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The Risk (Briar U): Chapter 41


Since it’s sacrilege not to make use of a perfectly good pair of hockey tickets, Dad and I end up sticking around in Worcester. We’re in the standing-room-only section of the arena, which happens to be near one of the cameras that are set up on the perimeter of the rink to capture and televise the game. I spot a cameraman in a HockeyNet jacket and wonder who Mulder sent to cover the game. Kip and Trevor don’t report live, so Geoff Magnolia probably got the gig.

I know who Mulder didn’t send: Georgia Barnes. I mean, come on. Vaginas and sports? The horror.

A lanky man in a suit approaches the cameraman, and I curse softly under my breath. Not softly enough, because Dad glances up from the email he was answering on his phone.

“What is it?”

“Geoff Magnolia,” I grumble, nodding discreetly toward the cameras. “That’s who HockeyNet assigned to cover this.”

Like me, Dad also isn’t a fan of Magnolia’s reporting. He follows my gaze. “Huh. He got a haircut. Looks like shit.”

Laughter bubbles in my throat. “Dad. Since when are you so snarky?”

“What? It’s a shitty haircut.”


“Can it, Brenna.”

I watch as Magnolia converses with his cameraman. He uses a lot of hand gestures. It’s distracting. Thankfully, he never does that on camera.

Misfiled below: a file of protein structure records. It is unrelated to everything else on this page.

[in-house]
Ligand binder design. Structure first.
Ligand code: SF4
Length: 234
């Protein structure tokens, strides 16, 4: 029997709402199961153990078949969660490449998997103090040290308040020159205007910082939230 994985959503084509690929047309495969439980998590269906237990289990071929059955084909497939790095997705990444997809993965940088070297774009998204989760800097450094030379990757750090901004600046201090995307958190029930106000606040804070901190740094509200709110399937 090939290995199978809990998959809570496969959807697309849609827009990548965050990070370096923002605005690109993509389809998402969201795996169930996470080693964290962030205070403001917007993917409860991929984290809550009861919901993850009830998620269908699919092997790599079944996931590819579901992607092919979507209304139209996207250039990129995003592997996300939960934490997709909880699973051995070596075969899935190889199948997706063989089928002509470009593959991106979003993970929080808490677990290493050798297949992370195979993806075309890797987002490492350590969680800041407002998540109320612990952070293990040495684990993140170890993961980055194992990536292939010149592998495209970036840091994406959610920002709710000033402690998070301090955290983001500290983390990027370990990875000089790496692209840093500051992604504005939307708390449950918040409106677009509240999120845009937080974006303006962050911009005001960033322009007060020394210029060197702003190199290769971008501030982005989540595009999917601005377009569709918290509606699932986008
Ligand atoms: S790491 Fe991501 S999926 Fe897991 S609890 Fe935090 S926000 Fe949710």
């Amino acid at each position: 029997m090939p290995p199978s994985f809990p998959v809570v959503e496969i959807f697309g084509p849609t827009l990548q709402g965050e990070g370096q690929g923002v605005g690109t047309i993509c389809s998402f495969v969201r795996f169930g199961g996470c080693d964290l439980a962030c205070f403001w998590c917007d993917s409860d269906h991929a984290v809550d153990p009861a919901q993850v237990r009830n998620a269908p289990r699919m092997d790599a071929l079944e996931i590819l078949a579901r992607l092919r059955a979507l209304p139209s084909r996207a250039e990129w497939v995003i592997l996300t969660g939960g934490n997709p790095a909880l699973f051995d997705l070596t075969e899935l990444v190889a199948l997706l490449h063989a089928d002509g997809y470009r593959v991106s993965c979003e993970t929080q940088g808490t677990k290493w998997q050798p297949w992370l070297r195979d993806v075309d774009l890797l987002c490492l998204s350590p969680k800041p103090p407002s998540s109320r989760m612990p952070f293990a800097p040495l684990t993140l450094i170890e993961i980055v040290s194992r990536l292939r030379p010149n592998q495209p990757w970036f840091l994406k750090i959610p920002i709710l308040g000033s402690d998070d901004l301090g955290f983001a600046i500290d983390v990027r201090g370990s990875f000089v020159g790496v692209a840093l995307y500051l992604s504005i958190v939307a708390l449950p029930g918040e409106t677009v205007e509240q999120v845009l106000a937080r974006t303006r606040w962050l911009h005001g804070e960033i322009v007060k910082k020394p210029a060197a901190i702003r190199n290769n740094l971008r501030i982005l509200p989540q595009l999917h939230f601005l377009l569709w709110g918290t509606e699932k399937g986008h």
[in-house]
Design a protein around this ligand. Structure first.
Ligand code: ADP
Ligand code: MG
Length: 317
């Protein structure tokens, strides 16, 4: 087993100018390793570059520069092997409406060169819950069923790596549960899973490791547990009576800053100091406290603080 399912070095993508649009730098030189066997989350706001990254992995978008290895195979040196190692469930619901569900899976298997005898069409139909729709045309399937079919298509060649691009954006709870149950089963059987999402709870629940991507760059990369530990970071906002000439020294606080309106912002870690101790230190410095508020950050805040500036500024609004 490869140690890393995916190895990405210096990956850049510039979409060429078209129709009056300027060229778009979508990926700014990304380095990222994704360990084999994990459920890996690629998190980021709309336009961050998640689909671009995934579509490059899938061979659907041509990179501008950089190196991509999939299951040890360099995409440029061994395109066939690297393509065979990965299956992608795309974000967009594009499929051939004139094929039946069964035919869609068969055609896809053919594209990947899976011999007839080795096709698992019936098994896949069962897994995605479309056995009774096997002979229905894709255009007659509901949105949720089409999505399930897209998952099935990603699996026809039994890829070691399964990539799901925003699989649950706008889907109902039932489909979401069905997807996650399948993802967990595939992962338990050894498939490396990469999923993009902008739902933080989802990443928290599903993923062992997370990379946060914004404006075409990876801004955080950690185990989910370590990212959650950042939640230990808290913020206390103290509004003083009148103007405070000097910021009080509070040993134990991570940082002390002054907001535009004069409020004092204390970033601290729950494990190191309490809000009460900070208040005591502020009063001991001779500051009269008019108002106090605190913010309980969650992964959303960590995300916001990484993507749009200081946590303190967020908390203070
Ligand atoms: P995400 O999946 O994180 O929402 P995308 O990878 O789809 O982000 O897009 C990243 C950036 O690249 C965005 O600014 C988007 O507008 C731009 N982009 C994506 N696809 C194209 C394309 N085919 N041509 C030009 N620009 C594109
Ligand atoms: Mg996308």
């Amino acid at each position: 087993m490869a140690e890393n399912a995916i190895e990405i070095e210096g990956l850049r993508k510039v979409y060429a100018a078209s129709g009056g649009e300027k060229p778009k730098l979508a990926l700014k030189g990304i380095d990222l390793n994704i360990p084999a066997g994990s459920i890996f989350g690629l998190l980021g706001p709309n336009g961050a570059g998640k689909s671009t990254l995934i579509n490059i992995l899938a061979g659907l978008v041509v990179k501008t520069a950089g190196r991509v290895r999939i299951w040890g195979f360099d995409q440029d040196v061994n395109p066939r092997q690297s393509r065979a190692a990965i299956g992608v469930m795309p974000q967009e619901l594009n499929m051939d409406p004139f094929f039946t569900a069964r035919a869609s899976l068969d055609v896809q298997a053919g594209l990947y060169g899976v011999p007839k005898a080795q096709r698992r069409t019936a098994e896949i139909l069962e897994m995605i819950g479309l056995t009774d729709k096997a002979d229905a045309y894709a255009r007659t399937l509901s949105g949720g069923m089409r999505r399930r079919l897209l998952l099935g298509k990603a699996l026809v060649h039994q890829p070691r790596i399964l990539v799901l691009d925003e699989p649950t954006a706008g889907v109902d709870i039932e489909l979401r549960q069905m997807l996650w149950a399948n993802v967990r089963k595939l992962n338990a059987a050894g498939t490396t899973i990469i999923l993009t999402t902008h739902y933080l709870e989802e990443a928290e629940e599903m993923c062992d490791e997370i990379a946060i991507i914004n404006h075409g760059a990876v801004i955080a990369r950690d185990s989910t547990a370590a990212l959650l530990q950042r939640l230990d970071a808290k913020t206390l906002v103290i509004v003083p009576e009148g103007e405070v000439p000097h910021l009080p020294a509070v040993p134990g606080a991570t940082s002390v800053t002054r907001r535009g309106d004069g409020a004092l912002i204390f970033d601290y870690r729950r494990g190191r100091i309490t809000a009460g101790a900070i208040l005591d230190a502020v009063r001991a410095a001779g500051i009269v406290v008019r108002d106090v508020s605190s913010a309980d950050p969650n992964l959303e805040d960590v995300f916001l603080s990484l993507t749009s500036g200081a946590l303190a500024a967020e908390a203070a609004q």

“You know what? Screw HockeyNet,” I say. “I’m applying at ESPN this fall. They have a way better track record of hiring women. And if I intern there, that means I don’t ever have to see Ed Mulder again. Or that tool over there.”

I glance at Magnolia again, and oh my God—he’s drinking coffee out of a straw. Or if not coffee, it’s at least a hot drink, because steam is rising from the liquid.

“Ugh. I take it back. He’s not a tool. Tools are actually useful. That man is not.”

“And I’m snarky?” my father demands. “Take a good look in the mirror, Peaches.”

“Can it, old man.”

He howls with laughter, and then returns to his emails.

As I crane my neck trying to pick out any familiar faces in the stands, my phone rings. I peer down, register the unfamiliar number on the screen, and hit ignore.

Three seconds later, a text pops up.

Hey, it’s Jake’s friend Hazel. He gave me your number. He’s in the locker room and desperately needs to see you.

I frown at the message. I don’t know why, but this feels like a trap. Like she’s luring me into the locker room so she could…what? Beat me up with a hockey stick? I resist the urge to roll my eyes at myself. My paranoia is a bit absurd.

“Dad, hey, do you mind if I go talk to Jake for a minute?”

His head pops up from his phone. “How’d that happen?”

I hold up my own phone. “He says he wants to talk.”

Dad thinks this over for a second. Then he shrugs. “Give him hell.”

“Oh, I intend to.”

“That’s my girl.” He pauses for another beat, and his tone becomes brusque. “If the outcome of this chat results in my daughter coming back here with a boyfriend, then tell that boyfriend he’s invited to dinner tonight.”

My jaw drops, but I don’t question him or attempt to discuss this unexpected invitation, because I have no idea why Jake even wants to see me.

And why am I racing to see him, I ask myself a minute later, after I’ve burst through a second set of doors. My step stutters in the middle of the hallway.